numbers. The zeros would be found like this:

Rewrite in exponential form:

The zero is 3.

Here you are taking the log of x only. The domain is {x| x > 0}. The range is all real numbers .
Zeros are found in this way:

Rewrite in exponential form:

The zero is 4.

Example 9: Solve for x:

Write in exponential form; this log has a base of 10:

Example 10: Solve for x:

Let's replace log2 xwith y:

Write in exponential form:

So now we know log2 x = 6.
Rewrite log2 x = 6 in exponential form:

Example 11: Solve ln (x − 2) = 1.

Write in exponential form:

Example 12: Solve ln x = − 0.52 using your calculator.
Written in exponential form:

Study Exercises

Complete odd-numbered problems 1–49 in the Written Exercises section on pages 194–197 of your

Section 5-6: Laws of Logarithms pp. 197–203

Let's experiment with log2 4 + log2 8 = log2 32. Is it a true statement?

So it would appear that to add logs of like bases, you multiply numbers you are taking logs of. This
is kind of the inverse of It is a multiplication problem, and you add exponents. So in
, would you divide because in you subtract exponents?

Yes, you divide the 4 and 8 to get an equivalent log for the difference.

What about That would be log2 64, which is 6. That is three times the value of log2 4, 2. So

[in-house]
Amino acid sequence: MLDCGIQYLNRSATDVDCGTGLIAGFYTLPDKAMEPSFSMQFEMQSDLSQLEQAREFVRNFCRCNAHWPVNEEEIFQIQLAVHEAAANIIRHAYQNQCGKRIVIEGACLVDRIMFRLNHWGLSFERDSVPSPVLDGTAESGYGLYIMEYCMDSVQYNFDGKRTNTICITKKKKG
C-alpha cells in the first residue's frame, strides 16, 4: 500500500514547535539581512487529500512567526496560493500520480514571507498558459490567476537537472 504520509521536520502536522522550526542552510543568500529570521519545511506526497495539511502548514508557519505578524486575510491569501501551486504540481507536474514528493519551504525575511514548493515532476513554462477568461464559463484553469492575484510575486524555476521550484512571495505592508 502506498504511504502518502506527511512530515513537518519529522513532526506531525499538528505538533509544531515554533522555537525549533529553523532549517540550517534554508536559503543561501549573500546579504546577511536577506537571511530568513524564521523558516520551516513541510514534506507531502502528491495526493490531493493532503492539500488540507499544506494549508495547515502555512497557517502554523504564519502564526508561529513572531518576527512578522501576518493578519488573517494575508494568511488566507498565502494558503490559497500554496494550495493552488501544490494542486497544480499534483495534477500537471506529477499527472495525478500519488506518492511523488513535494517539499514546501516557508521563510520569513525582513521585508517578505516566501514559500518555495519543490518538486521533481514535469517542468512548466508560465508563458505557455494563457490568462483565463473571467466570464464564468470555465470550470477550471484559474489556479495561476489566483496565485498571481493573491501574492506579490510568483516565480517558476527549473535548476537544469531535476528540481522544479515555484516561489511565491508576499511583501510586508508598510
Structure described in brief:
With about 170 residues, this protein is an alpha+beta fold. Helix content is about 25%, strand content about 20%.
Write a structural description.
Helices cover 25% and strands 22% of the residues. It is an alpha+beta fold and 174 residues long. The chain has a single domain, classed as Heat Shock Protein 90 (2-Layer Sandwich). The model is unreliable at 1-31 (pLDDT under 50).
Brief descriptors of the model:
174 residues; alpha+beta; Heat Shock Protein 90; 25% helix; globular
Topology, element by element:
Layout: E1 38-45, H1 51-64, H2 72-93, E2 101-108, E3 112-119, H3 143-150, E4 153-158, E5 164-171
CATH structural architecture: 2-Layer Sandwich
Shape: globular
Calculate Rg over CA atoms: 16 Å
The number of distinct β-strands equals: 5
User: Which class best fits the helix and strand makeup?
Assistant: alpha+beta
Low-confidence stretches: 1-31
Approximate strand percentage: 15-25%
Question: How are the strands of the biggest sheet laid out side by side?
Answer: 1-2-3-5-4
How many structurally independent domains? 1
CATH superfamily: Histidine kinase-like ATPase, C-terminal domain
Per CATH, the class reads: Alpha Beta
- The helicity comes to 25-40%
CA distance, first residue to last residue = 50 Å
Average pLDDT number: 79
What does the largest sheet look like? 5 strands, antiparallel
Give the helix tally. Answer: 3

could be written as 3 log2 4. These observations are written as laws on page 197 of your text.
These laws can be used to simplify log problems and make work easier.

Example 1: Let's try problem 4 on page 200 of your text:

Using law number 1:

Using law number 4:

or

Example 2: Rewrite in terms of log x:

Using law number 4:

or

Example 3: Let's try problem 10 on page 200 of your text:

Using law number 4:

Using law number 2:

Example 4: Let's try problem 16 on page 200 of your text:

Using law number 1:

Using law number 2:

Using law number 4:

Example 5: Simplify

Let's work with ln. That is, e to some power is . Now in our original problem, e is taken to
that power. So it now has a value of .

Example 6: Simplify

Let's simplify 1 + 2 log x as one log. The base is 10 so log 10 = 1.

This means 10 to some power is 10 x^2:

Now back to the original problem:

Now 10 is taken to the power mentioned above. So it has a value of 10 x^2.

Example 7: Express in terms of x, ln y = 2 ln x − ln 6:

Example 8: Let's try problem 34b on page 200 of your text: ln y = 3 − 0.5 x
This does not have a log on both sides. I will write it in exponential form:

Example 9: Let's try problem 38 on page 201 of your text.

(b)
Horizontally stretching the graph by a factor of 3 is equivalent to shifting down one unit. The
f (x), which is y on the graph, has been decreased by 1.

Example 10: If log9 5 = x and log9 4 = y, express in terms of x and y: